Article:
Mon. Dec 4th, 2023

MotoGP legend Valentino Rossi has announced the 2021 season will be his last after confirming his retirement from motorcycle racing on Thursday in Austria.

Spanning 26 seasons, Rossi is one of the most decorated competitors in world motorsport, the Italian winning a record-equalling seven premier class title and nine overall across MotoGP, 250cc and 125cc.

From 414 starts, Rossi has taken 115 grand prix victories, with 89 of those coming in the premier class, while his total podium haul stands at 235 as of the 2021 Dutch TT.

After losing his factory Yamaha slot for 2021, Rossi elected to continue his career into this season with backing from Yamaha at Petronas SRT – but the campaign has so far been his worst ever, the Italian scoring just 19 points from the first nine races.

As a result, retirement has looked a certainty since the summer break – though the possibility of him racing his own VR46 Ducati in 2022 did appear, after it emerged the title sponsorship between the team and Saudi oil giant Aramco doesn’t exist.

On Thursday at the Styrian GP – at the venue where Rossi took his first grand prix podium in the 125cc class back in 1996 – the Italian legend announced his retirement from MotoGP.

The 41-year-old made his grand prix debut in the 125cc class in 1996 and was champion in the division the following year before stepping up to the 250cc class in 1998 and winning the title in 1999.

Valentino Rossi

Photo by: Gold and Goose / Motorsport Images

For 2000 Rossi was signed by Honda to a factory-backed satellite NSR500 and dominated the 2001 campaign to win the first of his seven premier class titles.

For the new four-stroke MotoGP era in 2002 Rossi rode for the Repsol Honda team, winning the title in 2002 and 2003 before making a shock switch to Yamaha for 2004 after his relationship with HRC soured.

Yamaha hadn’t won a grand prix throughout 2003, but Rossi took the revamped M1 to victory in his first race on the bike in South Africa after a duel with Max Biaggi and would go on to win the title.

Rossi was champion again in 2005, but difficult campaigns in 2006 and 2007 saw him cede the title to Honda’s Nicky Hayden and Ducati’s Casey Stoner.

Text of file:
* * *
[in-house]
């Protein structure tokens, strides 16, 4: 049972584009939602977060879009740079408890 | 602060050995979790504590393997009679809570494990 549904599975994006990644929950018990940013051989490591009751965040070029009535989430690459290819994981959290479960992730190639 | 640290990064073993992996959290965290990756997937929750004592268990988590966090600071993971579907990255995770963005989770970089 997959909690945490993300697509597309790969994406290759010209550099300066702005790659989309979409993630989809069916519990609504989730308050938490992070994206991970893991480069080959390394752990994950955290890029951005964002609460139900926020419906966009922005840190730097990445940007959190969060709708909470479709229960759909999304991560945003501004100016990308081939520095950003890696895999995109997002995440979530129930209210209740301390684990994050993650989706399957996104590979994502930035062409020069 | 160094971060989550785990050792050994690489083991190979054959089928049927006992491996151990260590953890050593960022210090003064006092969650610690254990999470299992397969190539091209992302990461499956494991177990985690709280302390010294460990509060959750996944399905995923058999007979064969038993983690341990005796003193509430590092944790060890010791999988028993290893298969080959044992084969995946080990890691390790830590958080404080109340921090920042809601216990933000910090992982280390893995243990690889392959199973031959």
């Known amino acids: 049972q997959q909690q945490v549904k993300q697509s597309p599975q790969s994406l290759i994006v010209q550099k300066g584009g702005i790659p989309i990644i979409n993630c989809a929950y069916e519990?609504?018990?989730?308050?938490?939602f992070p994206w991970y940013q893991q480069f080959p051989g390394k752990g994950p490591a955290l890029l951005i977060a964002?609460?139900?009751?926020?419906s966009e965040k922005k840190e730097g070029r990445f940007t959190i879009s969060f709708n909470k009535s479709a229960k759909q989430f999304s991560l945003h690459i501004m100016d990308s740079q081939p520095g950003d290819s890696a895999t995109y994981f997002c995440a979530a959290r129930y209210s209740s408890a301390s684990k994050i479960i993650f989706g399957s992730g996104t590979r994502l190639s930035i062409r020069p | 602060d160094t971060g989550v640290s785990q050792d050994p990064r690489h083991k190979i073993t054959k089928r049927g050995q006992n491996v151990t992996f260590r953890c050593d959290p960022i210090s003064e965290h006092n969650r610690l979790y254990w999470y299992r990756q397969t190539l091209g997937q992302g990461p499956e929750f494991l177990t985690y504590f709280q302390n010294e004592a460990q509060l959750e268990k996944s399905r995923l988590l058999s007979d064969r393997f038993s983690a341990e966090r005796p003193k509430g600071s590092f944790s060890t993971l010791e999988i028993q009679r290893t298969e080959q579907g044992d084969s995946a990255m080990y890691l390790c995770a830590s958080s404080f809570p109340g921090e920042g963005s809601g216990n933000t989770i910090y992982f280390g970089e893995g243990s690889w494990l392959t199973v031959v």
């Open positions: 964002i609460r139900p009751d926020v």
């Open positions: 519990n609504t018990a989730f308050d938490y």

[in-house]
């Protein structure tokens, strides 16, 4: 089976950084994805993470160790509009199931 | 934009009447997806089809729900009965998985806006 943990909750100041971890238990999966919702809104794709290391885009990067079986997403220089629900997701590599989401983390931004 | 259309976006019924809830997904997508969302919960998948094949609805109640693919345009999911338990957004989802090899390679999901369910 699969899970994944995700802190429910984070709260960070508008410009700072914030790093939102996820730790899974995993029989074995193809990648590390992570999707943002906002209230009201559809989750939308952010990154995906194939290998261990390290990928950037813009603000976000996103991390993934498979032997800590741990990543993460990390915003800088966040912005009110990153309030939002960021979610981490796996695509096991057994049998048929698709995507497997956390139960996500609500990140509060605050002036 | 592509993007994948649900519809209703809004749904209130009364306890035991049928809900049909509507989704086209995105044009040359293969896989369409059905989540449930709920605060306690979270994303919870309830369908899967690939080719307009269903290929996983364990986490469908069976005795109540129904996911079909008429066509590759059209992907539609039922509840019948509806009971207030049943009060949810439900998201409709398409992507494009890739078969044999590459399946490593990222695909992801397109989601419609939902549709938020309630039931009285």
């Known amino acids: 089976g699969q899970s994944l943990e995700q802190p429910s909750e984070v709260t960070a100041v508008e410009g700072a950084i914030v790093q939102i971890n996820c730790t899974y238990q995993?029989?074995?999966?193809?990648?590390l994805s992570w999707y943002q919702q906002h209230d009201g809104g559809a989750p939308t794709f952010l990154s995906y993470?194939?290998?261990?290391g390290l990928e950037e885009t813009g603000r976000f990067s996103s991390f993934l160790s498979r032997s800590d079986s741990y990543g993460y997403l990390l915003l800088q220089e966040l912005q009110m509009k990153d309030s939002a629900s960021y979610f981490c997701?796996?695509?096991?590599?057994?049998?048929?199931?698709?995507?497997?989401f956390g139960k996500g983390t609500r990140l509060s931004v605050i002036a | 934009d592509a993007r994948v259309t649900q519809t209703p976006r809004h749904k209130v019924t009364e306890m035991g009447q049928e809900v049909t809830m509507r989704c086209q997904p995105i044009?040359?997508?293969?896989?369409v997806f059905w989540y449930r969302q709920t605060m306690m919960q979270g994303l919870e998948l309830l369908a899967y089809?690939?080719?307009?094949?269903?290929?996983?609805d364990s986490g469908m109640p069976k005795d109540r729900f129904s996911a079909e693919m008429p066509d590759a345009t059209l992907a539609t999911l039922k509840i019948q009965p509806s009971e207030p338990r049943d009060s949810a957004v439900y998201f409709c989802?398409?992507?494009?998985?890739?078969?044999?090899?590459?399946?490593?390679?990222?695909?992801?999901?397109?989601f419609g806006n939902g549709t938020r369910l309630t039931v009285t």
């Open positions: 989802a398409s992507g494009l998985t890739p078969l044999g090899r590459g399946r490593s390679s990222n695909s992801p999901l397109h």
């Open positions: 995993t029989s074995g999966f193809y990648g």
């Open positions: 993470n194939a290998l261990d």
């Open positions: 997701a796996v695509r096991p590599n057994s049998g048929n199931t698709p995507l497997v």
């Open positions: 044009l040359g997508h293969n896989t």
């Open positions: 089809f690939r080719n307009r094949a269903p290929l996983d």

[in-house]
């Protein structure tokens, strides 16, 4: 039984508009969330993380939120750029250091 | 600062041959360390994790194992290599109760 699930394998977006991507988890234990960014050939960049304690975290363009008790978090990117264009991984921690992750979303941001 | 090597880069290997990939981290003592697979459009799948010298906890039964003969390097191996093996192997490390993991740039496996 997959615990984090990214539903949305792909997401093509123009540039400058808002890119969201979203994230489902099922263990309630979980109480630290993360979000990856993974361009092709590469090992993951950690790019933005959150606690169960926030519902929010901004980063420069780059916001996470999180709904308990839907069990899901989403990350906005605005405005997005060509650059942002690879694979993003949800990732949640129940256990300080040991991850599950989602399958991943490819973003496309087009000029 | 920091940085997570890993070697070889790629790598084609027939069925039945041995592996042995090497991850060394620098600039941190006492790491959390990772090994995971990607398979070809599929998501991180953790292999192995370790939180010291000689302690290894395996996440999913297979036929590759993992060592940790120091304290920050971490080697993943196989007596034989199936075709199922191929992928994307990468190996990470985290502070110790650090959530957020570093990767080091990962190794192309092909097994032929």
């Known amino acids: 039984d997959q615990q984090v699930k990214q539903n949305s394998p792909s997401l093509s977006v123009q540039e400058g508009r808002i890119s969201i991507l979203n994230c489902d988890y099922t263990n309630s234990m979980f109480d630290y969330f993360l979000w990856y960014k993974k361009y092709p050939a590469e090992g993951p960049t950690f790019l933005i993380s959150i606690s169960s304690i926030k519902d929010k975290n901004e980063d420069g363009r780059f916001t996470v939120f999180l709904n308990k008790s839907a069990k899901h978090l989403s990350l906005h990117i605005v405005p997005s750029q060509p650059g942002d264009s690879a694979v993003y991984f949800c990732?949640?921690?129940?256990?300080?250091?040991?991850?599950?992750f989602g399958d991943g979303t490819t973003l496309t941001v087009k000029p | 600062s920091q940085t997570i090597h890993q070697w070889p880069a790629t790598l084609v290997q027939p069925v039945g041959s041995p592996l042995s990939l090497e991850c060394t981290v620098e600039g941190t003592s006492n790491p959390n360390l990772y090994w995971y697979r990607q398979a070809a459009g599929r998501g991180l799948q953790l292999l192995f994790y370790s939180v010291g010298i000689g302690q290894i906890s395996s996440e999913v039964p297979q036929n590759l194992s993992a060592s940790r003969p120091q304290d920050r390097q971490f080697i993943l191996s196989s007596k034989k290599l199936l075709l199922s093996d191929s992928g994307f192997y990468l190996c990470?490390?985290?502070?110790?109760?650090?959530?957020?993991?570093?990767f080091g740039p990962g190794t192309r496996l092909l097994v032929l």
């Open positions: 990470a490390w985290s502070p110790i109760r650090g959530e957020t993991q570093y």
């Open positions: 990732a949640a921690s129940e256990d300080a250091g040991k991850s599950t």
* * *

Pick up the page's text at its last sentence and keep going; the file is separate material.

Rossi added two more titles to his tally in 2008 and 2009, but the tide was turning at Yamaha and the arrival of Jorge Lorenzo in 2008 led to escalating tensions.

The Italian’s 2010 title hopes vanished when he broke his leg during practice for the Italian GP, with Lorenzo going on to win the championship.

Rossi made a big-money move to Ducati for 2011, but scored just three podiums across disastrous 2011/2012 campaigns and returned to Yamaha in 2013.

Returning to winning ways at Assen that year, Rossi won twice in 2014 and was runner-up in the championship before mounting a charge for the 2015 title in a bitter battle with Yamaha teammate Jorge Lorenzo.

After accusing Marc Marquez of conspiring with Lorenzo to sabotage his title hopes in Australia, Rossi’s championship aspirations fell apart in Malaysia when a controversial incident with Marquez netted him a back-of-the-grid start for the Valencia finale.

Rossi fought through to fourth but Lorenzo was crowned champion. This marked a turning point in Rossi’s career, his tally of wins shrinking from four in 2015 to just two in 2016 and one in 2017.

Race winner Valentino Rossi, Yamaha Factory Racing

Photo by: Gold and Goose / Motorsport Images

And since the 2017 Dutch TT, Rossi has been winless in MotoGP, while his podium haul shrunk from five in 2018 to two in 2019, one in 2020 and so far none this season.

Rossi’s larger-than-life personality and his famous rivalries with the likes of Biaggi, Sete Gibernau, Casey Stoner and Lorenzo, helped propel MotoGP into the mainstream.

The Italian’s legacy will live on through his VR46 Riders Academy, which has helped rear young Italian talent, and his VR46 team – which will make its MotoGP debut in 2022.

Having famously flirted with a switch to Formula 1 in the 2000s and taken part in a number of car events, Rossi has previously expressed a desire to race GT3 machinery after his MotoGP career and potentially compete in the 24 Hours of Le Mans.

By senior